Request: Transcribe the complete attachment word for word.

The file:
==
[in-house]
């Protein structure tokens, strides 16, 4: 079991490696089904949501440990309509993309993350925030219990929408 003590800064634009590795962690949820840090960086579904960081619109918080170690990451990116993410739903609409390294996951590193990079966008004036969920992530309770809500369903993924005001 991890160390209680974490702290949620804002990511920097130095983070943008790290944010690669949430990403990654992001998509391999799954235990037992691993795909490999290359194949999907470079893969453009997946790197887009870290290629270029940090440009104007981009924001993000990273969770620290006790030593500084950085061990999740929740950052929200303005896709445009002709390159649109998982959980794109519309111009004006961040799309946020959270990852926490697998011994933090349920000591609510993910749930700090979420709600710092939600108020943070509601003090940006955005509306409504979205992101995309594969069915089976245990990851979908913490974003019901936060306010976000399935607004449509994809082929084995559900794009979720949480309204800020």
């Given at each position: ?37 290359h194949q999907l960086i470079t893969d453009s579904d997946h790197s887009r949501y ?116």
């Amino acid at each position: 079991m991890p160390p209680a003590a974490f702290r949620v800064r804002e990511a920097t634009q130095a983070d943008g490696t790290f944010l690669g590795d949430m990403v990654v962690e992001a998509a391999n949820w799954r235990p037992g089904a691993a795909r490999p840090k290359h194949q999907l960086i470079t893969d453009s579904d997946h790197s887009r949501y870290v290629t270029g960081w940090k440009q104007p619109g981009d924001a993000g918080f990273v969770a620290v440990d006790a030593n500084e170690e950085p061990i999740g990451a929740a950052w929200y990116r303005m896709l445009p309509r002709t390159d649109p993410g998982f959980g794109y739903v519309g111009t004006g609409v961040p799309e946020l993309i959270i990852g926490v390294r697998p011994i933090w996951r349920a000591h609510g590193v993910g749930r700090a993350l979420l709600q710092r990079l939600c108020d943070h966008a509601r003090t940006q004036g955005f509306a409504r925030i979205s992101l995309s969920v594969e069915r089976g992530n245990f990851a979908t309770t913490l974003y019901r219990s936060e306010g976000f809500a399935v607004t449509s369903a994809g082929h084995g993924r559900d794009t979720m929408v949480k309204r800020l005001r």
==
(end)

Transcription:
[in-house]
């Protein structure tokens, strides 16, 4: 079991490696089904949501440990309509993309993350925030219990929408 003590800064634009590795962690949820840090960086579904960081619109918080170690990451990116993410739903609409390294996951590193990079966008004036969920992530309770809500369903993924005001 991890160390209680974490702290949620804002990511920097130095983070943008790290944010690669949430990403990654992001998509391999799954235990037992691993795909490999290359194949999907470079893969453009997946790197887009870290290629270029940090440009104007981009924001993000990273969770620290006790030593500084950085061990999740929740950052929200303005896709445009002709390159649109998982959980794109519309111009004006961040799309946020959270990852926490697998011994933090349920000591609510993910749930700090979420709600710092939600108020943070509601003090940006955005509306409504979205992101995309594969069915089976245990990851979908913490974003019901936060306010976000399935607004449509994809082929084995559900794009979720949480309204800020």
């Given at each position: ?37 290359h194949q999907l960086i470079t893969d453009s579904d997946h790197s887009r949501y ?116």
């Amino acid at each position: 079991m991890p160390p209680a003590a974490f702290r949620v800064r804002e990511a920097t634009q130095a983070d943008g490696t790290f944010l690669g590795d949430m990403v990654v962690e992001a998509a391999n949820w799954r235990p037992g089904a691993a795909r490999p840090k290359h194949q999907l960086i470079t893969d453009s579904d997946h790197s887009r949501y870290v290629t270029g960081w940090k440009q104007p619109g981009d924001a993000g918080f990273v969770a620290v440990d006790a030593n500084e170690e950085p061990i999740g990451a929740a950052w929200y990116r303005m896709l445009p309509r002709t390159d649109p993410g998982f959980g794109y739903v519309g111009t004006g609409v961040p799309e946020l993309i959270i990852g926490v390294r697998p011994i933090w996951r349920a000591h609510g590193v993910g749930r700090a993350l979420l709600q710092r990079l939600c108020d943070h966008a509601r003090t940006q004036g955005f509306a409504r925030i979205s992101l995309s969920v594969e069915r089976g992530n245990f990851a979908t309770t913490l974003y019901r219990s936060e306010g976000f809500a399935v607004t449509s369903a994809g082929h084995g993924r559900d794009t979720m929408v949480k309204r800020l005001r």